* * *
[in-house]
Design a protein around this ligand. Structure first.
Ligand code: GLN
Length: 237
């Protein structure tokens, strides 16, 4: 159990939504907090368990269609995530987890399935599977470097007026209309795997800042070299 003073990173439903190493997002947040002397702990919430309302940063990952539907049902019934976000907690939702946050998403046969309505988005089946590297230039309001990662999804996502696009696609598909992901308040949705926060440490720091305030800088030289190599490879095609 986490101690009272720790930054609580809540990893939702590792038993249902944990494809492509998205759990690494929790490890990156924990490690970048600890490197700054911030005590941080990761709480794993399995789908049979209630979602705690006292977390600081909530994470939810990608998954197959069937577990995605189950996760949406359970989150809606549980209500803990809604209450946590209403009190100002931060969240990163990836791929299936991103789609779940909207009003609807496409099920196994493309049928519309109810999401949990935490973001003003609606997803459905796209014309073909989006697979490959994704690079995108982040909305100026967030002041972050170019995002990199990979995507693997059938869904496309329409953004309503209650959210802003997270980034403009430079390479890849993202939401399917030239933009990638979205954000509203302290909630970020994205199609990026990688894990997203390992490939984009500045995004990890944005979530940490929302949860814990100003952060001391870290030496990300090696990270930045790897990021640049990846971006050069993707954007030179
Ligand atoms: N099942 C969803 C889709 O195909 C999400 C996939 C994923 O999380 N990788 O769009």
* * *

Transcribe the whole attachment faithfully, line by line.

[in-house]
Design a protein around this ligand. Structure first.
Ligand code: GLN
Length: 237
């Protein structure tokens, strides 16, 4: 159990939504907090368990269609995530987890399935599977470097007026209309795997800042070299 003073990173439903190493997002947040002397702990919430309302940063990952539907049902019934976000907690939702946050998403046969309505988005089946590297230039309001990662999804996502696009696609598909992901308040949705926060440490720091305030800088030289190599490879095609 986490101690009272720790930054609580809540990893939702590792038993249902944990494809492509998205759990690494929790490890990156924990490690970048600890490197700054911030005590941080990761709480794993399995789908049979209630979602705690006292977390600081909530994470939810990608998954197959069937577990995605189950996760949406359970989150809606549980209500803990809604209450946590209403009190100002931060969240990163990836791929299936991103789609779940909207009003609807496409099920196994493309049928519309109810999401949990935490973001003003609606997803459905796209014309073909989006697979490959994704690079995108982040909305100026967030002041972050170019995002990199990979995507693997059938869904496309329409953004309503209650959210802003997270980034403009430079390479890849993202939401399917030239933009990638979205954000509203302290909630970020994205199609990026990688894990997203390992490939984009500045995004990890944005979530940490929302949860814990100003952060001391870290030496990300090696990270930045790897990021640049990846971006050069993707954007030179
Ligand atoms: N099942 C969803 C889709 O195909 C999400 C996939 C994923 O999380 N990788 O769009």